The Learning Myth – Why You Should Never Tell Your Child They Are Smart

Frimageom a Post by Salman Khan:

“My 5-year-­old son has just started reading. Every night, we lie on his bed and he reads a short book to me. Inevitably, he’ll hit a word that he has trouble with: last night the word was “gratefully.” He eventually got it after a fairly painful minute. He then said, “Dad, aren’t you glad how I struggled with that word? I think I could feel my brain growing.” I smiled: my son was now verbalizing the tell­-tale signs of a “growth­ mindset.” But this wasn’t by accident. Recently, I put into practice research I had been reading about for the past few years: I decided to praise my son not when he succeeded at things he was already good at, but when he persevered with things that he found difficult. I stressed to him that by struggling, your brain grows. Between the deep body of research on the field of learning mindsets and this personal experience with my son, I am more convinced than ever that mindsets toward learning could matter more than anything else we teach.

Researchers have known for some time that the brain is like a muscle; that the more you use it, the more it grows. They’ve found that neural connections form and deepen most when we make mistakes doing difficult tasks rather than repeatedly having success with easy ones.

What this means is that our intelligence is not fixed, and the best way that we can grow our intelligence is to embrace tasks where we might struggle and fail.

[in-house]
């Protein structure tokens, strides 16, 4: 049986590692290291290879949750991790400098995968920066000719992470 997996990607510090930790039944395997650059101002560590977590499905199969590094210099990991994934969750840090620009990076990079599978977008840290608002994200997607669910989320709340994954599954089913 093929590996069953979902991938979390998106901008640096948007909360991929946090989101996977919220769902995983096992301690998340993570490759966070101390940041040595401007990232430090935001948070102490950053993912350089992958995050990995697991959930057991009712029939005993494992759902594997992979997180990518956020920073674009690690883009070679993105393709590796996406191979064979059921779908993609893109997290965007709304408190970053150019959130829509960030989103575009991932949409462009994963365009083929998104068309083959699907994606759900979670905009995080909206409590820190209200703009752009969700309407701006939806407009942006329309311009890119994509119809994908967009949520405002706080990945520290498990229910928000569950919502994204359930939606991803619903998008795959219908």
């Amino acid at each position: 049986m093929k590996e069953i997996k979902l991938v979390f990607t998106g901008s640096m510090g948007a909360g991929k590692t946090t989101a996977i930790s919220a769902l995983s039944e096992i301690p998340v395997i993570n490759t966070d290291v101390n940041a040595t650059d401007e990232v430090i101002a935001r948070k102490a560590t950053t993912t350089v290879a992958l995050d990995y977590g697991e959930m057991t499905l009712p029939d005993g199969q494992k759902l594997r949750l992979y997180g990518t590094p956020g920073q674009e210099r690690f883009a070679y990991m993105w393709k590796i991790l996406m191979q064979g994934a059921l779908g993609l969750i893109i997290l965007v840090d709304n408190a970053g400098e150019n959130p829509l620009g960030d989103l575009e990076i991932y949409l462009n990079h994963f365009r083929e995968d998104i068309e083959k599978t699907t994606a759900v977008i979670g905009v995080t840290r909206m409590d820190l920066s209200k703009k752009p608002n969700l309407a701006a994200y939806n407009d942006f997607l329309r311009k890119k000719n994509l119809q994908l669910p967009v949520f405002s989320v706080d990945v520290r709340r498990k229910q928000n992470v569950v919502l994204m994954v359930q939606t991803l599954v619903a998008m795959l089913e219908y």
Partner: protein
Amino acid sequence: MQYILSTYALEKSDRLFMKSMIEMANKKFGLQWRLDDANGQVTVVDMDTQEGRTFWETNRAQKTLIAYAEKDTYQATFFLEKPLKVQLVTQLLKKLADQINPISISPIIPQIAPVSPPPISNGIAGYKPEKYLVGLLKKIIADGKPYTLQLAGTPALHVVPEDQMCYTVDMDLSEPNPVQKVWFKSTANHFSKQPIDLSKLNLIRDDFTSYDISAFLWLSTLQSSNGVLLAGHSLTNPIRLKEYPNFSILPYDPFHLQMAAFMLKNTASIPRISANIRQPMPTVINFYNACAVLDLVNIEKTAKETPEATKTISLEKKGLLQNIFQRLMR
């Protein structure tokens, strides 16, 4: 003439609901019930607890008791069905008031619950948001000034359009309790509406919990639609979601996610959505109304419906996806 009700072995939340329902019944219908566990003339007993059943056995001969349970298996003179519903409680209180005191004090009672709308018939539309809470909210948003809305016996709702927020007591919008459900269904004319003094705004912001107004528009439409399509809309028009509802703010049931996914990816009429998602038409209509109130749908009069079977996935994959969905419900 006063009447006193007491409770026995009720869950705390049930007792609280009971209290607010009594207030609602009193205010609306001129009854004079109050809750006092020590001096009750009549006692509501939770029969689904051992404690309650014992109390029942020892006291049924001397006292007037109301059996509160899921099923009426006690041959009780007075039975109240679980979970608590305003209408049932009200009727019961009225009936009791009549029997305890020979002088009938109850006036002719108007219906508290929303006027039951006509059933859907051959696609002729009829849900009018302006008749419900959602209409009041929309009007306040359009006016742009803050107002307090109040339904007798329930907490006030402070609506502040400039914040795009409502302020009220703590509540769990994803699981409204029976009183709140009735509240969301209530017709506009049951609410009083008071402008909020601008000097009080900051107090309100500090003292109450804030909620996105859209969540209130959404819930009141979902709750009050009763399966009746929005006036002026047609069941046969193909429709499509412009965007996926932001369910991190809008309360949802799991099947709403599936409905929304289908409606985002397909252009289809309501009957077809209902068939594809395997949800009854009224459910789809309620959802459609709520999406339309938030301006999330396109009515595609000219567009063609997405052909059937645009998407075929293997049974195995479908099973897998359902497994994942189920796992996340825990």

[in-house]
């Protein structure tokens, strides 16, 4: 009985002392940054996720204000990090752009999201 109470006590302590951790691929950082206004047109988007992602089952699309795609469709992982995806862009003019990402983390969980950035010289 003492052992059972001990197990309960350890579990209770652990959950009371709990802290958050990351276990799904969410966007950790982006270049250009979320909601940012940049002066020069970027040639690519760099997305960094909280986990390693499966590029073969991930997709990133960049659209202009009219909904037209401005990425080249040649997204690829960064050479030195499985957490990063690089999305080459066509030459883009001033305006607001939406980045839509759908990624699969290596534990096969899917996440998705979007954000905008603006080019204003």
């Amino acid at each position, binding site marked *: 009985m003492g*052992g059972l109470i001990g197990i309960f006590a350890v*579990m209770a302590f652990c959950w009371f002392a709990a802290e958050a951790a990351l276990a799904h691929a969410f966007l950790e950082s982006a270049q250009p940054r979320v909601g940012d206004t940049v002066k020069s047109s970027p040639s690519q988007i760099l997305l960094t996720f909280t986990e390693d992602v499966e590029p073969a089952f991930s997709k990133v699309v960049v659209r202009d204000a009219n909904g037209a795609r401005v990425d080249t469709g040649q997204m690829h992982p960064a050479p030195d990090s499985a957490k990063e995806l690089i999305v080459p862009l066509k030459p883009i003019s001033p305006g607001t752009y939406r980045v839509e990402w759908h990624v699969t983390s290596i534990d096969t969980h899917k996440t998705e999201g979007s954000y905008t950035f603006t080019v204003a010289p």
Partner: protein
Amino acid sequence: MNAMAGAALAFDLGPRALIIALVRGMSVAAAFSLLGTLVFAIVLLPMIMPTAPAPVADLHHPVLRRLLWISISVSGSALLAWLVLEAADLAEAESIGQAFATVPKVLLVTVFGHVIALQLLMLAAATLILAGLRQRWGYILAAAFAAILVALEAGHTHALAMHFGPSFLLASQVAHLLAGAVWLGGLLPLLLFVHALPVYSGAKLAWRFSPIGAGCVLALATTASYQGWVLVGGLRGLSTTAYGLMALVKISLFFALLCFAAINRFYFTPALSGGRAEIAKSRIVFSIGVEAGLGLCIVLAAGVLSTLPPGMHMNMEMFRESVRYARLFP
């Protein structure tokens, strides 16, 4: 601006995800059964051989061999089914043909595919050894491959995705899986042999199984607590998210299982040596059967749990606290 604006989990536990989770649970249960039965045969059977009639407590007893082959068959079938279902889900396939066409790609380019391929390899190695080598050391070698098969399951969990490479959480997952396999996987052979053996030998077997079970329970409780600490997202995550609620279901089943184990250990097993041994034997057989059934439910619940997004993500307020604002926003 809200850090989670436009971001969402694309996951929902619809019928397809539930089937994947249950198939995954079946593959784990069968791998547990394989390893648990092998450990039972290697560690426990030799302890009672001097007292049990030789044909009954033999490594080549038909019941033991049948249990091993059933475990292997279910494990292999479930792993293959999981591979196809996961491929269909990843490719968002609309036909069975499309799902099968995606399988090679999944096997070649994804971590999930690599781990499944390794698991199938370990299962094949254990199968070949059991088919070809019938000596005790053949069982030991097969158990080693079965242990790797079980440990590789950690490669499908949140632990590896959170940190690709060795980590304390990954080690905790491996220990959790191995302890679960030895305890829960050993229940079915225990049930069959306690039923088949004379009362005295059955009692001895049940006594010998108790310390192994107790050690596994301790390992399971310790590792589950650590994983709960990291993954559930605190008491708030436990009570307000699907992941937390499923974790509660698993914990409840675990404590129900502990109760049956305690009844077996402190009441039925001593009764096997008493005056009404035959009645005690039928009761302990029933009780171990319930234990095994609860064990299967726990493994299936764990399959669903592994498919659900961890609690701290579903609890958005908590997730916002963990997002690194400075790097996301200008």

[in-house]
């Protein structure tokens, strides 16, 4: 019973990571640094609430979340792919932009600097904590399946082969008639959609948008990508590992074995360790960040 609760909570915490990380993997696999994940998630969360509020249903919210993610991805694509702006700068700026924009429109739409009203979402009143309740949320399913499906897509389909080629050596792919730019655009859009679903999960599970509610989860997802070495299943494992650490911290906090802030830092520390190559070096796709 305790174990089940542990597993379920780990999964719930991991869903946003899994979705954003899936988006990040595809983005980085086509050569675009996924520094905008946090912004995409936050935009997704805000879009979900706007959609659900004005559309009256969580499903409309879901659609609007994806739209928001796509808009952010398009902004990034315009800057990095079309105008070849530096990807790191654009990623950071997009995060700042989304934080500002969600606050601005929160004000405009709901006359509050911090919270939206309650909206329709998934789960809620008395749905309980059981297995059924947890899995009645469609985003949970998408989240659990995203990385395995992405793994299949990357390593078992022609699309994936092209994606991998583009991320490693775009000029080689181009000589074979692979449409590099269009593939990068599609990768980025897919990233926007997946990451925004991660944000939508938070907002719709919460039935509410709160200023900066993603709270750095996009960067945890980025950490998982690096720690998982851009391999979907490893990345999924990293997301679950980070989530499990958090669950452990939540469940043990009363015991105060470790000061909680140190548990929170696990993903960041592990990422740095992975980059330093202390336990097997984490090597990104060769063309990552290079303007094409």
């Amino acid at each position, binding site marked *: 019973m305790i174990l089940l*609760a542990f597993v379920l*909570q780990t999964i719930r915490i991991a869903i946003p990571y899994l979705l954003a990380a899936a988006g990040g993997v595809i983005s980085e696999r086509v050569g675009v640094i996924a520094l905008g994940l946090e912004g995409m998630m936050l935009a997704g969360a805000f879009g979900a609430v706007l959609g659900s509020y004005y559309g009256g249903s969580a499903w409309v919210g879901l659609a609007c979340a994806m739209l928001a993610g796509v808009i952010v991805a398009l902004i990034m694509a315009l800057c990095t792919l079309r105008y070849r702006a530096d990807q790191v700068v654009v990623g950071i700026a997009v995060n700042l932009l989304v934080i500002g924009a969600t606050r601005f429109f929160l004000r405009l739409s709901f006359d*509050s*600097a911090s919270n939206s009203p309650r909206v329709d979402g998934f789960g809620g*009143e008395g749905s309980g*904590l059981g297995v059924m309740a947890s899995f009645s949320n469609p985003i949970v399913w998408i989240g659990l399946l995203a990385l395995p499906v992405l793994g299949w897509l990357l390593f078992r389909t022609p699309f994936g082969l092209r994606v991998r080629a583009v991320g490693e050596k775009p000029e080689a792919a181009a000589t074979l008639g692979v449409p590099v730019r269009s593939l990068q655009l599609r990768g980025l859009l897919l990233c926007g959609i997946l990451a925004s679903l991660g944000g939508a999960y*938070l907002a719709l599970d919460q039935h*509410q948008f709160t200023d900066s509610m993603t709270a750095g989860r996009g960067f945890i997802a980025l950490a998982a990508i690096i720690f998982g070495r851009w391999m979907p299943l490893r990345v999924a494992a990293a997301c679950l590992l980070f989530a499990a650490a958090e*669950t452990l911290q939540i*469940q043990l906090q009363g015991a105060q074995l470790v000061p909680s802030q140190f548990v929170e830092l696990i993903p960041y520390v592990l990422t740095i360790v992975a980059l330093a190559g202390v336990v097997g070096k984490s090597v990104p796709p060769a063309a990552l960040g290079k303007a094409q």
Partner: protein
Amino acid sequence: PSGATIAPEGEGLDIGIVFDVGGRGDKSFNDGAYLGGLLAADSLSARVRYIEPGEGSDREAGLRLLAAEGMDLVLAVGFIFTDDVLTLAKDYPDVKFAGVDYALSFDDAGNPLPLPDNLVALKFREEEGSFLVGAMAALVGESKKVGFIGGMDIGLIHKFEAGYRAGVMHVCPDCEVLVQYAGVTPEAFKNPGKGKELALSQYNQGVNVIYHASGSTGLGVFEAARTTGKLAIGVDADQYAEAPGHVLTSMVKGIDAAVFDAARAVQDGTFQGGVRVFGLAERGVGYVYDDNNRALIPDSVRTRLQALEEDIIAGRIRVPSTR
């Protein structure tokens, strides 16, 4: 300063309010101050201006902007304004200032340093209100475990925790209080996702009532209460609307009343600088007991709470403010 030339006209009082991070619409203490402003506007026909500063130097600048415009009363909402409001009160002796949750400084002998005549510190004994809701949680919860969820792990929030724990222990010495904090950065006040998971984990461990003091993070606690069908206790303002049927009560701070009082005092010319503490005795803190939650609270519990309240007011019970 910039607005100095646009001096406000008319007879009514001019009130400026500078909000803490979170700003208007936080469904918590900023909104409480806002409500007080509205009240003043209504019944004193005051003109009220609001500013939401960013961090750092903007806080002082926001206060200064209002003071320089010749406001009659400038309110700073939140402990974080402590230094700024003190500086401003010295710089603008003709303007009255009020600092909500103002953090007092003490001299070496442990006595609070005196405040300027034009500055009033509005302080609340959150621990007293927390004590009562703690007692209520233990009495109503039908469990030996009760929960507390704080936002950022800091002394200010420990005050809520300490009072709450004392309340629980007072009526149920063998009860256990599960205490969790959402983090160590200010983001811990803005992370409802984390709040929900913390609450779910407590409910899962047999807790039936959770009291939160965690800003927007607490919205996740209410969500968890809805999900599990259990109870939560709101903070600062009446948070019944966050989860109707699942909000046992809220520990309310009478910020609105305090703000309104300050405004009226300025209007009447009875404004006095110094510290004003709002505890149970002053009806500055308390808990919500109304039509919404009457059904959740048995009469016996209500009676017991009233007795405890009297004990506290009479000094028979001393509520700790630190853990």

However, not everyone realizes this. Dr. Carol Dweck of Stanford University has been studying people’s mindsets towards learning for decades. She has found that most people adhere to one of two mindsets: fixed or growth. Fixed mindsets mistakenly believe that people are either smart or not, that intelligence is fixed by genes. People with growth mindsets correctly believe that capability and intelligence can be grown through effort, struggle and failure. Dweck found that those with a fixed mindset tended to focus their effort on tasks where they had a high likelihood of success and avoided tasks where they may have had to struggle, which limited their learning. People with a growth mindset, however, embraced challenges, and understood that tenacity and effort could change their learning outcomes. As you can imagine, this correlated with the latter group more actively pushing themselves and growing intellectually.